Poor performance predicted for UK government.

A review that will check whether the UK government has followed up on promises to regulate nanotechnology might struggle to find much progress, scientists predict.

The Council for Science and Technology (CST) will review what the government has done since responding to a 2004 report by the Royal Society (RS) and Royal Academy of Engineering (RAEng), which assessed both the opportunities and the hazards of nanotechnology. 

The government agreed that there was a need for early regulation of nanotechnology products, but at the time came under fire for failing to provide extra funds to ensure any such regulation took place.

Action and funds - rather than another review - are still needed, said Anthony Seaton, an author of the RS’s 2004 report, and professor of environmental and occupational medicine at Aberdeen University. 

’There hasn’t been a centralised effort [into nano-toxicology research] because there hasn’t been a specific direction of funds,’ Seaton told Chemistry World. He called for targeted DTI funds to support nanotechnology and specifically hazard and risk identification.

Another GM?

Sir John Beringer, who leads the CST review, said that the issue needs revisiting because new technologies have emerged since 2004 that might pose more of a threat to human health. Beringer chaired the government’s advisory committee on releases to the environment at the height of the fierce debate over genetically modified foods, and is aware ’how quickly things can go wrong’ when public sensitivity is pricked. ’I don’t think that nano is the same as GM - there isn’t quite the same emotional impact,’ he said. 

Beringer’s committee reports directly to the prime minister, ’and I can assure you that if we do find serious omissions [in government action] we will be reporting on them,’ he said. He added that the CST review team will be looking to other countries for advice: government-funded researchers in Dresden, Germany, are already investigating the health risks of synthetic nanoparticles, for example.

’Clearly, it is useful to formally review what the UK government has done in the light of the 2004 report, but I think it will paint a disappointing picture,’ said Andrew Maynard, chief science advisor at the Project on Emerging Nanotechnologies, based at the Woodrow Wilson International Center for Scholars in Washington, DC. ’What is more worrying is that we are seeing a trend of deferring action in the name of reviews - and in some cases, reviews of reviews.’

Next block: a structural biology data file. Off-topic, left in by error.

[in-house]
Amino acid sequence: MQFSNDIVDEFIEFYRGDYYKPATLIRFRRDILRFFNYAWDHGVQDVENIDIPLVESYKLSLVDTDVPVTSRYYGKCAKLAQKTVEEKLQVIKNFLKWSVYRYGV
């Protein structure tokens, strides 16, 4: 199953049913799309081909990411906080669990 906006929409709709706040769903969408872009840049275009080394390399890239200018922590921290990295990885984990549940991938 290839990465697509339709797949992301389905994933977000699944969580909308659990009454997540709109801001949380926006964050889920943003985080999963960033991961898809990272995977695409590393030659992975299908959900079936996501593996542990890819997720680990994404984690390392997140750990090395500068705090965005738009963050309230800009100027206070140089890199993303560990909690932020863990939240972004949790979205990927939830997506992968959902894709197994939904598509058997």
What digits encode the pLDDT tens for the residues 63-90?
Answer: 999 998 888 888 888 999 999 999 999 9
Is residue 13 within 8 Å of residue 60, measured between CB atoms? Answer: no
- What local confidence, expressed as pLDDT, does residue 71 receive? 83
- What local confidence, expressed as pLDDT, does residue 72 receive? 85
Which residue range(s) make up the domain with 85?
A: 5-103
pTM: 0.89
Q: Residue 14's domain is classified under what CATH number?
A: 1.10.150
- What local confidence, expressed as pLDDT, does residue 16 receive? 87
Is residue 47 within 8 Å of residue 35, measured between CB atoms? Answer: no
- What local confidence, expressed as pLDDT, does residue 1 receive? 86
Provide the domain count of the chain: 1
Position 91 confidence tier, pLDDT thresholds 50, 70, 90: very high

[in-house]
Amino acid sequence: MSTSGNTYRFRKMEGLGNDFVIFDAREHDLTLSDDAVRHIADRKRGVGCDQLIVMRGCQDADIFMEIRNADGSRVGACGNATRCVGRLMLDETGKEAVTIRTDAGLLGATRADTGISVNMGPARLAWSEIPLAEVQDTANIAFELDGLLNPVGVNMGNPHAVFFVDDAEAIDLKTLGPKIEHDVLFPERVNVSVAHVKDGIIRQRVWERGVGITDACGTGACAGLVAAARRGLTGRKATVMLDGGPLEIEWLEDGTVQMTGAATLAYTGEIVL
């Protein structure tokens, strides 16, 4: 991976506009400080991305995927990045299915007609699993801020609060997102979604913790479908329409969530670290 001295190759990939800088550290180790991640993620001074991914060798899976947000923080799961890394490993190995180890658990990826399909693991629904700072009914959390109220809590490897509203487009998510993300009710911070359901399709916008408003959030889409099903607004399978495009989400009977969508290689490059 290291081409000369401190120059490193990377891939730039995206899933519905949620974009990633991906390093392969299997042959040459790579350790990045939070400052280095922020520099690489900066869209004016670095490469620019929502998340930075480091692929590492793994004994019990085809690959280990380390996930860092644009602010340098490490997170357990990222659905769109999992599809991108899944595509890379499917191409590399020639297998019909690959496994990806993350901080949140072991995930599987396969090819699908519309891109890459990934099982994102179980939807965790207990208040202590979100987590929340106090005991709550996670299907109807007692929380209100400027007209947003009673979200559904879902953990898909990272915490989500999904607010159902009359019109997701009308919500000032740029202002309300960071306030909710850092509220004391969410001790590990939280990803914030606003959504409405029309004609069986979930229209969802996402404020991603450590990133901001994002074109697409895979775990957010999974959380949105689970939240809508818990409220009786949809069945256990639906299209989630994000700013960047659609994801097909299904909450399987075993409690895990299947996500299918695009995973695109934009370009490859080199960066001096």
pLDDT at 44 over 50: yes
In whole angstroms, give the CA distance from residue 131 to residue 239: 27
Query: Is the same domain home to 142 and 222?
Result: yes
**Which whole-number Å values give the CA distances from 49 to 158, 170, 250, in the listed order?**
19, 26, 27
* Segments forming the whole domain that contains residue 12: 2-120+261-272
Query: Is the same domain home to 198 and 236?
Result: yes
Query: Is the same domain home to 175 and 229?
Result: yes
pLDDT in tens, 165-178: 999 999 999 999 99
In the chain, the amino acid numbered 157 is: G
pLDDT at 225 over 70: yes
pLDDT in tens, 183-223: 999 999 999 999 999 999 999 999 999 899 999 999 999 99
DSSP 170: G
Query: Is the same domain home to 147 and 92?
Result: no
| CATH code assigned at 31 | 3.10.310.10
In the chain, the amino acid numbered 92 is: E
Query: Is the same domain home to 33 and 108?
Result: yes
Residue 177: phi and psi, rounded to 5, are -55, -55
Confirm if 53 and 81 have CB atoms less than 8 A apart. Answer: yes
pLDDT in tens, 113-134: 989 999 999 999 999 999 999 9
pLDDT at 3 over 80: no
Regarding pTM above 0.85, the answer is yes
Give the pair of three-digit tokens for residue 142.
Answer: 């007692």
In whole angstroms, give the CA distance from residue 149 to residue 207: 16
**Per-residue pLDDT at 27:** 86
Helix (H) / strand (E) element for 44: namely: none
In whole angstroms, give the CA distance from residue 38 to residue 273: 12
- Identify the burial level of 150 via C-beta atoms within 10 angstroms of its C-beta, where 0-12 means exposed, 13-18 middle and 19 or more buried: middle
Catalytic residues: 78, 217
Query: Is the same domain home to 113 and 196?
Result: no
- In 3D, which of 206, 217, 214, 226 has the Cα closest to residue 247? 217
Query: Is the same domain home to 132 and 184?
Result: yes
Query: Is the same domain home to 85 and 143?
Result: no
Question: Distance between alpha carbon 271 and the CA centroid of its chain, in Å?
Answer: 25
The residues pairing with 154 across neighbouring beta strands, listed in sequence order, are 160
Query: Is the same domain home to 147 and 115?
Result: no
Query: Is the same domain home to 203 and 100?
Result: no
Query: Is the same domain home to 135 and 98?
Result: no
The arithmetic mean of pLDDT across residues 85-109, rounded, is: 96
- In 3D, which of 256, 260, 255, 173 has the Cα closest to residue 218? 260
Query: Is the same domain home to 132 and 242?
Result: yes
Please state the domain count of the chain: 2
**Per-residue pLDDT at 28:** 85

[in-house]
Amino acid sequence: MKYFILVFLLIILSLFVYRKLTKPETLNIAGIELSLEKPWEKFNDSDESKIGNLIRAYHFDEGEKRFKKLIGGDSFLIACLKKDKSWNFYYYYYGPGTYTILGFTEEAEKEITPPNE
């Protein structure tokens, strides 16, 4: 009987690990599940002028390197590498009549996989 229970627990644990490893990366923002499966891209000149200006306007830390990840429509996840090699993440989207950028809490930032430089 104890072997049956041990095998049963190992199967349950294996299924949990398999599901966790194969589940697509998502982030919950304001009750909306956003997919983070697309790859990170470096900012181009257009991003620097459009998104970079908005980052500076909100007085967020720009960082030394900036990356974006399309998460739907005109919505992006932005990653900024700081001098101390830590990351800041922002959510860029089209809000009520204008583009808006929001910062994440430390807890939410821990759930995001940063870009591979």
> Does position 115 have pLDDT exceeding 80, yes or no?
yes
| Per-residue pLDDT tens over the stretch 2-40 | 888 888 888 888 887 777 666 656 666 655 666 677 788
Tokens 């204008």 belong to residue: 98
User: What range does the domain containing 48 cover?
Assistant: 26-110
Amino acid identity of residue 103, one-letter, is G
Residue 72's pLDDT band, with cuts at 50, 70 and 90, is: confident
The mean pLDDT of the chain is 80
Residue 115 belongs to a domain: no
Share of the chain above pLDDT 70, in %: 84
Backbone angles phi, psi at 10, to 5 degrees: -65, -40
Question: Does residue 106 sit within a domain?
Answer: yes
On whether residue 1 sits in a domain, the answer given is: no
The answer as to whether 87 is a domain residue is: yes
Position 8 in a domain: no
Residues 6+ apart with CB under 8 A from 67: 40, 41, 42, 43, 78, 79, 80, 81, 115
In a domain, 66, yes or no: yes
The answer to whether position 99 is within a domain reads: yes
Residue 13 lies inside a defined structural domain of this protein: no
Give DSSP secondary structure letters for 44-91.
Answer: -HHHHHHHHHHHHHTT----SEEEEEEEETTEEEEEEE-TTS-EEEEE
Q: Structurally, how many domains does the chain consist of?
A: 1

In contrast, Maynard’s group will publish a report next week that recommends not only a list of research needs for regulating nanotechnology, but also who should do the work and how much it will cost. 

Blindingly obvious

The US government’s own National Nanotechnology Initiative, a body that spans 23 different federal agencies, is due to release the findings of a similar investigation this summer.

’But all reviews internationally have been pointing in the same direction,’ said Rob Aitken at the Institute of Occupational Medicine (IOM), Edinburgh. ’The views of what needs to be done are fairly inarguable.’ 

Aitken recommends that the UK government should consider ring-fencing a proportion of funds for risk assessment, something that has been promised by the US government but, according to Maynard, not delivered.

And while the UK’s regulatory framework for nanotechnology is progressing, ’there is a concern that we are going to be so good at providing a framework that we’ll miss sight of the real commercial opportunities’, said Otillia Saxl, who heads the Institute of Nanotechnology, Stirling, UK. ’I’d be disappointed if no key messages come out of this review,’ she said. 

The CST committee is now calling for evidence. Written submissions will be accepted until 2 October 2006. 

Katharine Sanderson